Undoubtedly the most famous painting (and my favorite as well), is “The Night Watch” by Rembrandt. Painted on a magnificently sized canvas, the painting takes up a whole wall in the museum, with the figures in the painting, life sized. I was impressed with the great detail that was put into the painting, with many things going on at once. Other famous paintings include “The Milkmaid” by Johannes Vermeer, “The Threatened Swan” by Jan Asselijn, and “Girl in a Blue Dress” by Johannes Cornelisz.
I opted not to take a boat ride through the canals since I found it pricey and not appealing. I much preferred exploring the streets and canals via bicycle or on foot, and preferred the freedom of not being confined to a boat. It is a popular activity for tourists though, if you find yourself so inclined.
Red Light District
No trip to Amsterdam is complete without at least a quick peek through the Red Light District. Julian and I went there twice, once to see it during the daylight hours, and once at night after it comes “alive”. I was a bit surprised just how nonchalant some people walked by, as scantily clad women tried to garner attention from their windows. In our short foray through the district, I saw a wide variety of women. As prostitution is legal in Amsterdam, these women definitely have it better than some of their counterparts in various other cities.
Note: Pictures are forbidden here, for obvious reasons.
This is the best park in Amsterdam, and the crowds certainly reflect it. Covering a sizable area, people flock to the park for exercise, sports, or simply to hang out. Some choose to partake in a joint or two, many of them tourists. Julian and I spent an afternoon relaxing and enjoying the nice weather after a stop at one of the local coffee shops to pick up some supplies.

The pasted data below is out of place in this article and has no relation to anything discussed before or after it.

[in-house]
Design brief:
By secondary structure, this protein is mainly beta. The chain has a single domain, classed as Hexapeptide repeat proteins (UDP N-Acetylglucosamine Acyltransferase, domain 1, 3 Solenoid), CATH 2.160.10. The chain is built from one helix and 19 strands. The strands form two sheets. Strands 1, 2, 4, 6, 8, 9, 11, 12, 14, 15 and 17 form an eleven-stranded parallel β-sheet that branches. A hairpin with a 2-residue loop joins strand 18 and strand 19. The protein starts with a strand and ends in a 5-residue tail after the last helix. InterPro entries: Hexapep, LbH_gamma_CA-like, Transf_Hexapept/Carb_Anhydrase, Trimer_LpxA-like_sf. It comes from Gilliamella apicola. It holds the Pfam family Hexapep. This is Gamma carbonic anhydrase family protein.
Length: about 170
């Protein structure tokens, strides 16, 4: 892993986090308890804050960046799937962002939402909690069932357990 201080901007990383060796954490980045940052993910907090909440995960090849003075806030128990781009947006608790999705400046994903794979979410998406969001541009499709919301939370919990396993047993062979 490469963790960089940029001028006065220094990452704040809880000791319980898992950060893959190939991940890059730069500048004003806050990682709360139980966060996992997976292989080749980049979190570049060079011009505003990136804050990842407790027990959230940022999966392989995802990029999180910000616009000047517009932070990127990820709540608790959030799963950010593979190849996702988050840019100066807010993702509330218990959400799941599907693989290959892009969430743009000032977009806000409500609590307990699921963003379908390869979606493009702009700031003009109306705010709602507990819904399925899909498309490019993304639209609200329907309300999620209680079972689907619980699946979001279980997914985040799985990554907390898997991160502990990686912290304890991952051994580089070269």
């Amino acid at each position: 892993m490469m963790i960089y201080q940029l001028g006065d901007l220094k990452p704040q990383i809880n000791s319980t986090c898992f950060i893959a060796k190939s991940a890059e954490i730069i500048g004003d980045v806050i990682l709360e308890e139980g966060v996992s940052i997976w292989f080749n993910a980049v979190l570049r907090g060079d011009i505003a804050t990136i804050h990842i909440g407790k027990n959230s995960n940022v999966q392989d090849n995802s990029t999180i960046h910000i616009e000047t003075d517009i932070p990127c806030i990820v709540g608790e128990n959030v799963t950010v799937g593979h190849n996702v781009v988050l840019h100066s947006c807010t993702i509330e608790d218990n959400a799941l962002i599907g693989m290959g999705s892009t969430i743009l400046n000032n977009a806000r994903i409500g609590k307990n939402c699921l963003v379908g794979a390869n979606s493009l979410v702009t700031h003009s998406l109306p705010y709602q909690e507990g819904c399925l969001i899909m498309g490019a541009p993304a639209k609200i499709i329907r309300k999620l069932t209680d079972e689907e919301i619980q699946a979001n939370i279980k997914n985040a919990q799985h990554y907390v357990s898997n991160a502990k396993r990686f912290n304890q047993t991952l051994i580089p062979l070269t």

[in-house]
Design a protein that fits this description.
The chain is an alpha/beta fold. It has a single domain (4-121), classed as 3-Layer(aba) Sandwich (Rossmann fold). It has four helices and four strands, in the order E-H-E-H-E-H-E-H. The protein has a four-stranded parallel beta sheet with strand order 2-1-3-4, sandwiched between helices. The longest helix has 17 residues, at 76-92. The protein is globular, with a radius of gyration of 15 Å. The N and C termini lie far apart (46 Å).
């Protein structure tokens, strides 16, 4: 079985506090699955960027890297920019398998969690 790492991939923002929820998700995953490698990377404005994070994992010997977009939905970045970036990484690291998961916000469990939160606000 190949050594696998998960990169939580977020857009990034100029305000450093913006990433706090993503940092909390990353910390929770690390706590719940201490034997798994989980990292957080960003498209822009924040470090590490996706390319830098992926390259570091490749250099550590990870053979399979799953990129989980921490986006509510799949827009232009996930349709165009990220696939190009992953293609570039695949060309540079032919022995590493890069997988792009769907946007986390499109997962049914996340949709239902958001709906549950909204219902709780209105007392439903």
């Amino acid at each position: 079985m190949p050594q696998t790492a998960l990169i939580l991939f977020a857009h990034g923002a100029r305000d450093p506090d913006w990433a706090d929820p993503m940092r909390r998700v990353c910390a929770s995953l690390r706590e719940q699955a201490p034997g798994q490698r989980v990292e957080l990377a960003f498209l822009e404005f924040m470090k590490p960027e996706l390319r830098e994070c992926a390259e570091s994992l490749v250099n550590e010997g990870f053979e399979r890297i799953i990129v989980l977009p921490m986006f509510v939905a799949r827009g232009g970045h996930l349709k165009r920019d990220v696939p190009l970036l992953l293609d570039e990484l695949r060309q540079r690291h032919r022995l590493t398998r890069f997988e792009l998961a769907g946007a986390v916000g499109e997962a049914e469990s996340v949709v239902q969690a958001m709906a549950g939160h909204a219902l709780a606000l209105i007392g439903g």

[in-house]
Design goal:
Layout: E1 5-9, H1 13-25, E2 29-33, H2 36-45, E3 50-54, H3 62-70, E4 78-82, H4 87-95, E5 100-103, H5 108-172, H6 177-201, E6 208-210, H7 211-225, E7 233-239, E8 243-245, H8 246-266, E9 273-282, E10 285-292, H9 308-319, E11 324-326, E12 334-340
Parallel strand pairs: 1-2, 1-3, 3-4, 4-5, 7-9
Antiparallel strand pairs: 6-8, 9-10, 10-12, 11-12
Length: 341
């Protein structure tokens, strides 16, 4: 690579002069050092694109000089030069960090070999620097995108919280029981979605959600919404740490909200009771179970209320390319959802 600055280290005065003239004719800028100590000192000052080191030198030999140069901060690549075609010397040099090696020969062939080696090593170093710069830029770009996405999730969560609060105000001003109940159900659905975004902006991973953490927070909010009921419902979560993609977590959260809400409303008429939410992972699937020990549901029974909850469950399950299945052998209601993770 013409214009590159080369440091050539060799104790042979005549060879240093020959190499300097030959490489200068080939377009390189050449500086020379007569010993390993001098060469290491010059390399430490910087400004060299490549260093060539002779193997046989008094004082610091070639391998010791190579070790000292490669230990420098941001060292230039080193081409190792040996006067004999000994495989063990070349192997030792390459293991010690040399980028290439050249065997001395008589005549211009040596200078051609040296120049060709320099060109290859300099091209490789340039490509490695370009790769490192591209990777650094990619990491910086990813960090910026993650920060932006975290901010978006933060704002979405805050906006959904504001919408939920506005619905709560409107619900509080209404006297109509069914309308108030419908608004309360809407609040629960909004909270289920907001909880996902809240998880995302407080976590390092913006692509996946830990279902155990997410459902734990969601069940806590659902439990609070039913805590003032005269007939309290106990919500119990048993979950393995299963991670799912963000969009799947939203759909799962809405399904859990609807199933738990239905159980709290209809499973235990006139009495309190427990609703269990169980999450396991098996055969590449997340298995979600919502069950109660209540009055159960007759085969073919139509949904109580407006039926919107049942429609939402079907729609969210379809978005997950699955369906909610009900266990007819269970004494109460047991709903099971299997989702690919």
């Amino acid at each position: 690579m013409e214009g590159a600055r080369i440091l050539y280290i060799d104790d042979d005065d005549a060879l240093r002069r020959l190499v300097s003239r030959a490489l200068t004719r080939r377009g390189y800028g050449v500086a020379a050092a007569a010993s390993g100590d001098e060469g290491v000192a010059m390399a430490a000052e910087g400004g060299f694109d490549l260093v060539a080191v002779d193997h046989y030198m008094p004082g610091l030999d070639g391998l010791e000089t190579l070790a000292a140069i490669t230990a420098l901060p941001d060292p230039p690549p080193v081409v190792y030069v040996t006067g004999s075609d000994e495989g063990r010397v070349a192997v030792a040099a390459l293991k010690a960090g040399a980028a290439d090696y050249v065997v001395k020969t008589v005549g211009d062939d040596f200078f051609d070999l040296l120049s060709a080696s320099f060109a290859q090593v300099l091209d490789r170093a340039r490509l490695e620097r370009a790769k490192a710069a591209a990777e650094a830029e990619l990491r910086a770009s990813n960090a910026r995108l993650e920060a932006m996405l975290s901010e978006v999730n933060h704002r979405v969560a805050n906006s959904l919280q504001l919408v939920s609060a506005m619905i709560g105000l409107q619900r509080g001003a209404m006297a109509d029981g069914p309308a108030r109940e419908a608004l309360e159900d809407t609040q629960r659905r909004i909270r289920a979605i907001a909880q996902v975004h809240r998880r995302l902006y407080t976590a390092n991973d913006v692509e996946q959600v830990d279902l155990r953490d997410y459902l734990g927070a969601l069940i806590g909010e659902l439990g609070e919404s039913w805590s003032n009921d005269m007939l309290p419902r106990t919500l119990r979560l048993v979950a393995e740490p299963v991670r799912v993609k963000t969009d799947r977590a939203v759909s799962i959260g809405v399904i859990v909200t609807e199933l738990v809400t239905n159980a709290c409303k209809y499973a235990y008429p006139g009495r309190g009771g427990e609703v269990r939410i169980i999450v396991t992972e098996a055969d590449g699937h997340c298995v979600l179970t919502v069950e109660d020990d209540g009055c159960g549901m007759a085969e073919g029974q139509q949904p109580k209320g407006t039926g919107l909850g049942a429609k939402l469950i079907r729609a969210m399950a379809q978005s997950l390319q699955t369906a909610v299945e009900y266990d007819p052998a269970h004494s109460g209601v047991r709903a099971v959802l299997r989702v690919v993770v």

I had read about this quaint well-preserved town, complete with buildings and structures from the 18th and 19th centuries. Only 13km away from Amsterdam, Julian and I decided to make a day trip, riding our bikes and packing a lunch. Now this was the Holland I had envisioned! Set along a river like any proper Dutch settlement, large windmills dotted the riverbank, their spokes turning as the wind blew.
For a small fee, it was possible to go in the windmills and see these magnificent structures first hand. Julian and I elected to go into one that ground pigment used to dye material to make clothing-very useful. There were also a cheese shop with plenty of samples, a chocolate shop, and a clog shop, with hundreds of pairs of clogs!
Another good thing about the town is that with the exception of the windmills and museum, it is free to walk around! Of course you’ll also have to pay for any food items or souvenirs that catch your eye. Myself, I couldn’t rationalize buying a pair of clogs. Other than the novelty of the item, I wouldn’t wear them and didn’t relish the idea of lugging them around in my almost full backpack. This is another definite must-visit sight of Amsterdam, and it offers an opportunity to get away from the crowded city.
Coming from the spicy and varied cuisines of Thailand and India, and then eating all of the schnitzel, pretzels and bratwurst I could get my hands on in Germany, I was a bit disappointed in the cuisine of the Netherlands. There aren’t many exciting Dutch foods, other than being famous for their cheese production. There were numerous french fry stands however, where the servers would load up the fries with heaping gobs of mayonnaise. I don’t think I’ll ever adopt that trend.
All in all, I greatly enjoyed Amsterdam. Despite the cold and dreary weather in May, there was a lot to do and see. I was also glad that I had the time and opportunity to check out a few other cities in the Netherlands. Many of the Dutch people whom I met during my previous travels were always quick to point out that Amsterdam isn’t the “real” Netherlands. Well, I guess I will have to see myself!